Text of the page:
I also had a hard time reading some of the dialogue. Sometimes there wouldn't be a paragraph break between text describing the actions of one character and the speech of another character. So I'd misunderstand and think the first character was the one saying it until I got further in the conversation and realized that I was off by a character. Also, when more than two people were talking, the dialogue wasn't always attributed so I had absolutely no idea who was saying what.

All in all, not a horrible book but also nothing to write home about.
post #35 of 365
#2 The Dead and the Gone by Susan Beth Pfeffer

Rating: 0.5/5

Summary: A meteor hits the Moon, knocking it towards the Earth. Alex Morales lives in New York City with his family and must find a way to help them survive the chaos that ensues.

Review: Goodness. Am I getting persnickety or what?

Before I get any further in this review, you really should check out Life As We Knew It by this same author with a similar premise. That book is worth your time, without a doubt.

With that said, let me get down to business. This book was awful. I almost stopped reading it several times. What kept me going in the end wasn't wanting to know what happened to the characters. I got the idea that I should take notes as I read it so I can look for those problems in my own writing in the future, and that's why I finished it.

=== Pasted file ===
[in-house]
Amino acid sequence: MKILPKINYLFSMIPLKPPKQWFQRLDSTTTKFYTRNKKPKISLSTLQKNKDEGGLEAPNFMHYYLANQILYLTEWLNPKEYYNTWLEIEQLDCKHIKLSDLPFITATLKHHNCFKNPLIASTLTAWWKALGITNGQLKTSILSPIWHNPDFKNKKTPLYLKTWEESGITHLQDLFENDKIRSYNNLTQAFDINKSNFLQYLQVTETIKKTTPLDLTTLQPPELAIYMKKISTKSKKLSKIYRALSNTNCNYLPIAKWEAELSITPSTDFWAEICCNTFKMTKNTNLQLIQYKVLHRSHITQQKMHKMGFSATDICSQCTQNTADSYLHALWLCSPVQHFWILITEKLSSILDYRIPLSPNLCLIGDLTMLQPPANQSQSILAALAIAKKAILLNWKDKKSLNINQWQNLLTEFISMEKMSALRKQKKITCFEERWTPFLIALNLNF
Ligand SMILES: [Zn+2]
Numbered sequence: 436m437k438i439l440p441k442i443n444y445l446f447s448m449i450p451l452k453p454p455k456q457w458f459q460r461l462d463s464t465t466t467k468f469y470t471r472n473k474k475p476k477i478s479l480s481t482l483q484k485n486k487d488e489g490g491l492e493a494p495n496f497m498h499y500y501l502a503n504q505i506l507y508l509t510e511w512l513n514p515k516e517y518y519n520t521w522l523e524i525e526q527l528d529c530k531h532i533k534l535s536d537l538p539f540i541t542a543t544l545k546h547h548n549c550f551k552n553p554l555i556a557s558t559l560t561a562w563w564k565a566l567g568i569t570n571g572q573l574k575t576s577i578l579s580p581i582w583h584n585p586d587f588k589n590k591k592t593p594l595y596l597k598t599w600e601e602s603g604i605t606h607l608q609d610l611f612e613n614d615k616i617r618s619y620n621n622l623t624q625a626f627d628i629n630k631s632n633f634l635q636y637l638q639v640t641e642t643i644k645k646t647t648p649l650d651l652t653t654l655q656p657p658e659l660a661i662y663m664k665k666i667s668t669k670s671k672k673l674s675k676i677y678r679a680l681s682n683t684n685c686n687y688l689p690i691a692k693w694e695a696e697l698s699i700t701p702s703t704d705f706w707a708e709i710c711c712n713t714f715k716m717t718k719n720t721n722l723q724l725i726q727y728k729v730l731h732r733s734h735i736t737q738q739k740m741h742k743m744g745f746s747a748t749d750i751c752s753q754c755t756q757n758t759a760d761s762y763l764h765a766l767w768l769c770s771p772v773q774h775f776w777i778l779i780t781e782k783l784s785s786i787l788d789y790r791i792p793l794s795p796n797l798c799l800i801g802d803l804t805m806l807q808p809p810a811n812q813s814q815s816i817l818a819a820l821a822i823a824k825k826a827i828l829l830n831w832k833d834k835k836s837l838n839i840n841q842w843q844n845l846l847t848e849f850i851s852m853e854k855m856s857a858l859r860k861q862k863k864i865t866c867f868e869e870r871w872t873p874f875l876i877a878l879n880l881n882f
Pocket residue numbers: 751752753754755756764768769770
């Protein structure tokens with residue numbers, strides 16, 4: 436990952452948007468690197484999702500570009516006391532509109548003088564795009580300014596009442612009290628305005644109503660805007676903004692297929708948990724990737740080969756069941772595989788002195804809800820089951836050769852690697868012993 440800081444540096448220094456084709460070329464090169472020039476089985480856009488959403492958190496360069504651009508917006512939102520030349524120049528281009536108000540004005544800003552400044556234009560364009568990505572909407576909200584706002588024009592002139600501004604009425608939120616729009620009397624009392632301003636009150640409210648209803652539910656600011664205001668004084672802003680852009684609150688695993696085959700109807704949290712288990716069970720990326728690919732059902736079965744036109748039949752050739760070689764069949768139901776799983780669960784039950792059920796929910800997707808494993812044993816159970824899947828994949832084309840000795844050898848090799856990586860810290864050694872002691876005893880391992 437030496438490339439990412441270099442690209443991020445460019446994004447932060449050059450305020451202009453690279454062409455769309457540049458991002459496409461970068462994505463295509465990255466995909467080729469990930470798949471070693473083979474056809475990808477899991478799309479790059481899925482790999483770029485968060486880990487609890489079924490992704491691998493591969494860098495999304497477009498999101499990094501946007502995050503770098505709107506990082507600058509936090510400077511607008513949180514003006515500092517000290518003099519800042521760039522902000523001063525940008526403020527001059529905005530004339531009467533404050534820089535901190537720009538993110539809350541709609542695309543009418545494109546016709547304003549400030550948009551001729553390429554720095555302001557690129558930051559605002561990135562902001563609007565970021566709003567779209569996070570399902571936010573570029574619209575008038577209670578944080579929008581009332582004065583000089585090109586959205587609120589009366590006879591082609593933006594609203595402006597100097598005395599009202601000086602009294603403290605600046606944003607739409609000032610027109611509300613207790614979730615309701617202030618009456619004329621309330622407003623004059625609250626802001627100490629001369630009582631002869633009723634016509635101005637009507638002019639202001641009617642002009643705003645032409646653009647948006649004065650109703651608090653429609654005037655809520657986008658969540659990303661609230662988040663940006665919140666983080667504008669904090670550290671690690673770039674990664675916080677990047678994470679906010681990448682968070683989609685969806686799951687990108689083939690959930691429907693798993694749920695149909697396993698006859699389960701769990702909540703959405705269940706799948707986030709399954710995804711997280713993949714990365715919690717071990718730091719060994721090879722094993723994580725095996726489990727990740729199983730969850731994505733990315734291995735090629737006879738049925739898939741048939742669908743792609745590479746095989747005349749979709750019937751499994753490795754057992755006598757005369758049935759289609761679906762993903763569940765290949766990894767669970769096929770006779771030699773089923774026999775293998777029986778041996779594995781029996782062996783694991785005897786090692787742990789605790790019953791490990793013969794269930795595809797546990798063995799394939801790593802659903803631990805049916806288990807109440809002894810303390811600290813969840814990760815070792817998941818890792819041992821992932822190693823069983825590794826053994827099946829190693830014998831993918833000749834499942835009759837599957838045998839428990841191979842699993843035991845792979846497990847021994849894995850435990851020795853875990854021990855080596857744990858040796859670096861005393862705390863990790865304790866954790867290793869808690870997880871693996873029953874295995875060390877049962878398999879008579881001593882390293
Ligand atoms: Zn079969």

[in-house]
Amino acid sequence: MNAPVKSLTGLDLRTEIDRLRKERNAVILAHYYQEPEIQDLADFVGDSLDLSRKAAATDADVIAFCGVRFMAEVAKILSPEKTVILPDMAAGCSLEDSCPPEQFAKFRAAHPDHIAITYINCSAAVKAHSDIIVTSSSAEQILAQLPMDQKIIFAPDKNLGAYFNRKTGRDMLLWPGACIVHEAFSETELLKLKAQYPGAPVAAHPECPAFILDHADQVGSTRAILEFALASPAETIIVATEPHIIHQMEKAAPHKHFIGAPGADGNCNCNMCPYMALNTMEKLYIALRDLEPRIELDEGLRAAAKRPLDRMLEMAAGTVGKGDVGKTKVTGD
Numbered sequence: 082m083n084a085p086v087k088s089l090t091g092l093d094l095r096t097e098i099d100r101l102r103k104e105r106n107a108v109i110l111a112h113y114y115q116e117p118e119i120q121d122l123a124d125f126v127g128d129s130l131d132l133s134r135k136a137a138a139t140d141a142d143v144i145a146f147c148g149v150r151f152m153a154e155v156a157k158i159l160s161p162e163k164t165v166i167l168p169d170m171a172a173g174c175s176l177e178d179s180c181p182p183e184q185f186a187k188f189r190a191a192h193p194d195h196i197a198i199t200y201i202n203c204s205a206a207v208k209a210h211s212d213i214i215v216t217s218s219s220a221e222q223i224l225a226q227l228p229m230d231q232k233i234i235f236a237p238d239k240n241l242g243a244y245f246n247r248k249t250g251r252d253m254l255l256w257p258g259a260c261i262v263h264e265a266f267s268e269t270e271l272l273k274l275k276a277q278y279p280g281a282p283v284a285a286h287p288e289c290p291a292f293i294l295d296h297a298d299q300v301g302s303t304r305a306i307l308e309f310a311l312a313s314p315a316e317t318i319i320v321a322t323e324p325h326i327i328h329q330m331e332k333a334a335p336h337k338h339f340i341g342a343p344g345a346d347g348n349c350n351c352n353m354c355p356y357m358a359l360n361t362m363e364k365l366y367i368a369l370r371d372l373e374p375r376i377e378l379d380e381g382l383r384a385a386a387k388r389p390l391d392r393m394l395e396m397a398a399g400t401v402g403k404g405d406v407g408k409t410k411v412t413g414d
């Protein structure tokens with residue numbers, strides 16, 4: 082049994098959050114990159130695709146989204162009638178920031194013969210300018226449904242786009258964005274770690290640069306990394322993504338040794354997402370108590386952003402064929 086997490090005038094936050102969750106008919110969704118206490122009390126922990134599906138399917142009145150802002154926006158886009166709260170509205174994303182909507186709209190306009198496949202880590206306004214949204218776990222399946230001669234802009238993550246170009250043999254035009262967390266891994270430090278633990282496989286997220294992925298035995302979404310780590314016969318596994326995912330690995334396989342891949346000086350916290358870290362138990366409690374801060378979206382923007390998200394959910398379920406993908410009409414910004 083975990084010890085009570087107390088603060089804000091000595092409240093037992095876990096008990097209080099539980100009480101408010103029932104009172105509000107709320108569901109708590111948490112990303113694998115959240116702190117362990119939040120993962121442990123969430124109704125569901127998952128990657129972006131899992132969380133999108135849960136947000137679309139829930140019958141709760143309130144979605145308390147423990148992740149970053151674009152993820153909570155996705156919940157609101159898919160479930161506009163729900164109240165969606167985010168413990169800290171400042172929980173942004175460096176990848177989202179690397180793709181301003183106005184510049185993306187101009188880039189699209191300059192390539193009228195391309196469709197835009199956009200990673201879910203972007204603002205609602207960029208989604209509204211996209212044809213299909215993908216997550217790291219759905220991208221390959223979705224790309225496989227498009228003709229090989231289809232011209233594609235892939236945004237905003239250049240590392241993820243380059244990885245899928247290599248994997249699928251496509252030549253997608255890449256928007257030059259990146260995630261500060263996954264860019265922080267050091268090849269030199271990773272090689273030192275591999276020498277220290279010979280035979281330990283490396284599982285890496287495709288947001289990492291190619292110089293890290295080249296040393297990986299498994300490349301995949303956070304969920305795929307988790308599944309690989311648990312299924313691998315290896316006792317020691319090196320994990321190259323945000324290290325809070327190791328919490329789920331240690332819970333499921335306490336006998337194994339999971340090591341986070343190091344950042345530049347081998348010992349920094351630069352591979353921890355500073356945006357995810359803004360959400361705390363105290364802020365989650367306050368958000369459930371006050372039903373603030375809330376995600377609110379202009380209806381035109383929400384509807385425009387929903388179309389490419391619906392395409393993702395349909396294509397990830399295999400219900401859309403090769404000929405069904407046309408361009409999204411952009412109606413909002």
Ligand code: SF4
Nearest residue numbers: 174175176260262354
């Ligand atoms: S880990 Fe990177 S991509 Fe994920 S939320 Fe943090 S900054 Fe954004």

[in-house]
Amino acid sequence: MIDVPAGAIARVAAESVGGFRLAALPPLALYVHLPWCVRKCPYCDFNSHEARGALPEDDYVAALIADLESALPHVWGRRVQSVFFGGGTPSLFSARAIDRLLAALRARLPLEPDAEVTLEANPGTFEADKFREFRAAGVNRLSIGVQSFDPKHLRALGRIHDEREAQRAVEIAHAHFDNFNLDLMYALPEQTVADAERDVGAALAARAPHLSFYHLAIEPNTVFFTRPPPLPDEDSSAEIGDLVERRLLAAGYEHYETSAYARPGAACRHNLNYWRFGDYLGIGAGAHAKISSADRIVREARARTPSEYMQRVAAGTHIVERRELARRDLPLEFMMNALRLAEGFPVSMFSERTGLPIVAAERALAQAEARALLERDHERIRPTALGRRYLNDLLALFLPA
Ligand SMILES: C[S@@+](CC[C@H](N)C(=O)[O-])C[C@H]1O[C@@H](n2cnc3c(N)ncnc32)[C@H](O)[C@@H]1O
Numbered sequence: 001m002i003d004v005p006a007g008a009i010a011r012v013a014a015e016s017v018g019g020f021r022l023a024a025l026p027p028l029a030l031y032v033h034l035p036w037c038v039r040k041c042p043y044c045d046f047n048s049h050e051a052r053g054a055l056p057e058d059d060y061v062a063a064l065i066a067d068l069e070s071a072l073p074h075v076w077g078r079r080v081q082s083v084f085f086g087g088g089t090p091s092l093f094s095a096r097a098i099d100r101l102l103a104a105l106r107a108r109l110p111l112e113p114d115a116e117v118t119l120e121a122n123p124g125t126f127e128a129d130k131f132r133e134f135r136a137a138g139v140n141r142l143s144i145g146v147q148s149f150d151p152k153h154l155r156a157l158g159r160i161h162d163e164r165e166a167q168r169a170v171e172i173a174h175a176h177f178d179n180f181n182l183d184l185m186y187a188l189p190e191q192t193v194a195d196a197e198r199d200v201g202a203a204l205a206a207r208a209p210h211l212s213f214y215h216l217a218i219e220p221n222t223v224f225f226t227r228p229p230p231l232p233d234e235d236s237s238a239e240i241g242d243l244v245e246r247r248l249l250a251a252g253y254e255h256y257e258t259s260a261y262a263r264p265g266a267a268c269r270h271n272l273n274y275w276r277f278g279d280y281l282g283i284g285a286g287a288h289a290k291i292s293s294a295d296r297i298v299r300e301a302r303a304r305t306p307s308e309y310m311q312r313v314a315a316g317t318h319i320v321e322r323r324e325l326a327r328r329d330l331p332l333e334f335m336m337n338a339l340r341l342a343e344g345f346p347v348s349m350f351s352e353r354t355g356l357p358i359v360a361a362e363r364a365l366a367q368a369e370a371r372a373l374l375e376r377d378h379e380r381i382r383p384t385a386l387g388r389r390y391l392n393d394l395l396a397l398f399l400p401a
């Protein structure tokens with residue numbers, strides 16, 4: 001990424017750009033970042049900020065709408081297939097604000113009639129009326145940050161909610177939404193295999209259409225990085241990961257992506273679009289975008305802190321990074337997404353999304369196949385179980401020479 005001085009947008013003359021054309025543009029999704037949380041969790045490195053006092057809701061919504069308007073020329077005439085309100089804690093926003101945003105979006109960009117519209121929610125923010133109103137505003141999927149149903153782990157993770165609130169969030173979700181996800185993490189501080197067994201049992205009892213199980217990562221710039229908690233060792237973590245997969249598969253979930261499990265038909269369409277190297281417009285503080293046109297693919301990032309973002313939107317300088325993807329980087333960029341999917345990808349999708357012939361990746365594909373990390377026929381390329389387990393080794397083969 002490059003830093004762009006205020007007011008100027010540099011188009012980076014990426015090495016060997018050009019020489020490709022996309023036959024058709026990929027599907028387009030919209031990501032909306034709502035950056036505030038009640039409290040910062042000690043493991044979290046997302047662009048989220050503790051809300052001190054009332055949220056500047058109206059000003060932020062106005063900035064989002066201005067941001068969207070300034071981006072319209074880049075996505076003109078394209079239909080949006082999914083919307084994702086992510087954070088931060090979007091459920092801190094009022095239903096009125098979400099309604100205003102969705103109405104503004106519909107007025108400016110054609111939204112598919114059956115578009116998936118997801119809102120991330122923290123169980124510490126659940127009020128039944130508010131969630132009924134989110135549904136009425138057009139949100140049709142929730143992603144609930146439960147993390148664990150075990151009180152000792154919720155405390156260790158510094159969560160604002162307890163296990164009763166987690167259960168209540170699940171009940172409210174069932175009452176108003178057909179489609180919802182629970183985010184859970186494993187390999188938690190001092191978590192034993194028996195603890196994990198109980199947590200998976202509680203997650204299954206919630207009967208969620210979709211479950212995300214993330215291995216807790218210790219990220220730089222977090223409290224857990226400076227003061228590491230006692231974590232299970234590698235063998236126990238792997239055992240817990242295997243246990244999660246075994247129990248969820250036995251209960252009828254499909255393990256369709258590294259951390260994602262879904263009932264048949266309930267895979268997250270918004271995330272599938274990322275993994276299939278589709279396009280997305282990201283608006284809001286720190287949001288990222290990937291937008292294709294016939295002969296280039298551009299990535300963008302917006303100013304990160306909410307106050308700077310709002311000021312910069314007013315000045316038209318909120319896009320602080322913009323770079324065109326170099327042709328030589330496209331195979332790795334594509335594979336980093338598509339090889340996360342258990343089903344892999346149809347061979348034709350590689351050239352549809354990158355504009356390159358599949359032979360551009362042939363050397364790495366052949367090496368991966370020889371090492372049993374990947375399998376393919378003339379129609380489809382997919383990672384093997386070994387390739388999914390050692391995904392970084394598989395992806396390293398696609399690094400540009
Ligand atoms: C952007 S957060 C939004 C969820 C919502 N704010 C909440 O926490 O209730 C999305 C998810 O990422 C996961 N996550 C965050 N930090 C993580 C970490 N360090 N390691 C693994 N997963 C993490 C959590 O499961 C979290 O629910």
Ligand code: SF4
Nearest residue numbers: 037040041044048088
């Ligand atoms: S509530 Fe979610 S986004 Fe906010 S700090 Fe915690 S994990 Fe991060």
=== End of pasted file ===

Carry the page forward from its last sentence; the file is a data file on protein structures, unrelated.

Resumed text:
I was getting so annoyed while reading that I actually read passages aloud to my husband to make sure I wasn't off my rocker. He assured me that I am not—at least in regards to my opinion of this book.

So what follows is an exercise in trying to articulate what could made a book so awful. Here's the short version: Skip this book and read something else instead.
  • The characters came across with the personality and depth of cardboard cutouts. Their dialogue was stilted and wooden—not realistic for teen characters at all.